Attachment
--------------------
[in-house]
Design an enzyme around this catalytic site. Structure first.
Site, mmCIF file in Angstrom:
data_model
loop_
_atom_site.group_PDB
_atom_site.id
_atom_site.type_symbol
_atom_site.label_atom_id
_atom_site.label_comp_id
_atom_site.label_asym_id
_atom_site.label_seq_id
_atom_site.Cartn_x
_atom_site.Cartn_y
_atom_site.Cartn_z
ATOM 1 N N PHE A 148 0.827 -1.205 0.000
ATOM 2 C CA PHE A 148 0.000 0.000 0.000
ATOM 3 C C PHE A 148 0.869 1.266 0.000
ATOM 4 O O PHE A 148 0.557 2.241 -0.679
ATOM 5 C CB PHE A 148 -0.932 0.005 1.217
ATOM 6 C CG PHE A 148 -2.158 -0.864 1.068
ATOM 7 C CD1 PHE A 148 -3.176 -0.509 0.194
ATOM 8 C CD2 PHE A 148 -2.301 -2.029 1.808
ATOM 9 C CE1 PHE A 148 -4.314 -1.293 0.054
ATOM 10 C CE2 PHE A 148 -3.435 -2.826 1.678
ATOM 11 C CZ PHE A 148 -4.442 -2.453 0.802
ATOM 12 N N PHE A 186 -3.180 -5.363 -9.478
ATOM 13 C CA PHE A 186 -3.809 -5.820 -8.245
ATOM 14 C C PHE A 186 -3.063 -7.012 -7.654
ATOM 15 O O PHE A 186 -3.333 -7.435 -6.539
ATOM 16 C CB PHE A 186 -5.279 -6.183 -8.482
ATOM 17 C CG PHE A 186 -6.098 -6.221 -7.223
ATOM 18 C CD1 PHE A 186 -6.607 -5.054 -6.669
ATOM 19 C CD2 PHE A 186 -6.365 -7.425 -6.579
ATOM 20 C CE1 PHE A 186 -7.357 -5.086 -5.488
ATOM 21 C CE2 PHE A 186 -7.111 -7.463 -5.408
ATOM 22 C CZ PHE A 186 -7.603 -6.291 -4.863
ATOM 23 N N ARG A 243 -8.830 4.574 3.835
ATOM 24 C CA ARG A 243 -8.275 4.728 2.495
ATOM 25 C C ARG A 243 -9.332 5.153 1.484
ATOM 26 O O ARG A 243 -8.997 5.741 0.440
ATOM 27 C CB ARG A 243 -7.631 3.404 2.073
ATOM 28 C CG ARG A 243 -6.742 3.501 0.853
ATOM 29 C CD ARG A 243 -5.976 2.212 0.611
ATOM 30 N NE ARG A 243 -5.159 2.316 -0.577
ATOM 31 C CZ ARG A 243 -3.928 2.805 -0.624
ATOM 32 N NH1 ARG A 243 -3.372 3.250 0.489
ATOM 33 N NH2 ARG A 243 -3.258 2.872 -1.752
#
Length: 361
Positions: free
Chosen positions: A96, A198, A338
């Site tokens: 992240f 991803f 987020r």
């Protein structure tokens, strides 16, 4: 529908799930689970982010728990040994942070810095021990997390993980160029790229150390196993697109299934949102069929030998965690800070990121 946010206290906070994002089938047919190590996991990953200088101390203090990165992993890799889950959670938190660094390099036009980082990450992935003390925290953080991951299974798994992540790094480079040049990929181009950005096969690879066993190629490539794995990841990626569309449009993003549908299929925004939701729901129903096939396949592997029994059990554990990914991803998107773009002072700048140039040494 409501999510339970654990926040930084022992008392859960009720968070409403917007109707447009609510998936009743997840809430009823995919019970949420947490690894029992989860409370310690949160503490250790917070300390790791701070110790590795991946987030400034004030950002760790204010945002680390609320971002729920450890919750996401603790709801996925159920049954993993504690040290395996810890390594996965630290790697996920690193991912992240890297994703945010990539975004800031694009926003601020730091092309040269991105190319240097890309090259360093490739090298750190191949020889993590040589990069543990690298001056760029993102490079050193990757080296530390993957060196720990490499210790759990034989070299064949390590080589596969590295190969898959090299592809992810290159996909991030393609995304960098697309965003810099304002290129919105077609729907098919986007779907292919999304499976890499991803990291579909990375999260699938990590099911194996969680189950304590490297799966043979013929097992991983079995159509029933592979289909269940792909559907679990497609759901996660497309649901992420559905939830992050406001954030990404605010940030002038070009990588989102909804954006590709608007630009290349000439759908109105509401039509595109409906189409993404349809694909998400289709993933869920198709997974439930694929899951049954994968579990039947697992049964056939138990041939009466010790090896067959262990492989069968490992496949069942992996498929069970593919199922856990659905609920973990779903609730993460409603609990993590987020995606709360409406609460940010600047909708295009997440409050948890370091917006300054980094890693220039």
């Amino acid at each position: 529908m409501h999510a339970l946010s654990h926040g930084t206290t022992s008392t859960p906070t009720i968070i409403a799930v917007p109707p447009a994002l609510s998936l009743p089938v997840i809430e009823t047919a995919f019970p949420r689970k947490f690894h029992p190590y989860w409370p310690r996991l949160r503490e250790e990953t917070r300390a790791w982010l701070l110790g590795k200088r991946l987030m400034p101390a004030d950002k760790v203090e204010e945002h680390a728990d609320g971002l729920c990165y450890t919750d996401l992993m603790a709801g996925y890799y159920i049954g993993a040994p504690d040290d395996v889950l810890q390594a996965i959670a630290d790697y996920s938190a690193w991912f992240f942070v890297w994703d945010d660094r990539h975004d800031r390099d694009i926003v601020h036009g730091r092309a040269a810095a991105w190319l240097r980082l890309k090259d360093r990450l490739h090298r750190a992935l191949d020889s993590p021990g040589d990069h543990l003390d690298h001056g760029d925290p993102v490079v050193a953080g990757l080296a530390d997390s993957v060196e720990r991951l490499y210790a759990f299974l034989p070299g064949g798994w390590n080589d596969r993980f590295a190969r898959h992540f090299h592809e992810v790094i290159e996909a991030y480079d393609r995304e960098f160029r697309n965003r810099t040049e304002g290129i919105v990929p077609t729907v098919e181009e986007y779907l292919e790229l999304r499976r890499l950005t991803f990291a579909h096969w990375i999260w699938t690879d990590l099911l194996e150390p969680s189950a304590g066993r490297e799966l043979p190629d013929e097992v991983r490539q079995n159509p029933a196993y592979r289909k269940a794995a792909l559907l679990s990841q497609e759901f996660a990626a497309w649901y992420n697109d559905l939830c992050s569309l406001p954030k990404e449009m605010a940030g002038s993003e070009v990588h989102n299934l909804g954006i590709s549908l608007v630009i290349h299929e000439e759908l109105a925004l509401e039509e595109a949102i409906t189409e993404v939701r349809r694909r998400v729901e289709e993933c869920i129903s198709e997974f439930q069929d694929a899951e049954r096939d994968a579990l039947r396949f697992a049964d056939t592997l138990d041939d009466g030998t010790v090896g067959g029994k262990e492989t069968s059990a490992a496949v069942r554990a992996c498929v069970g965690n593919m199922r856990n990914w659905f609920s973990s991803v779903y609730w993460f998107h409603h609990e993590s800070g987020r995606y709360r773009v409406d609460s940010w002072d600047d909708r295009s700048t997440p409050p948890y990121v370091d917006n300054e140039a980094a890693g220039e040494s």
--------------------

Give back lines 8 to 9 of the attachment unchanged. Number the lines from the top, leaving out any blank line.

_atom_site.type_symbol
_atom_site.label_atom_id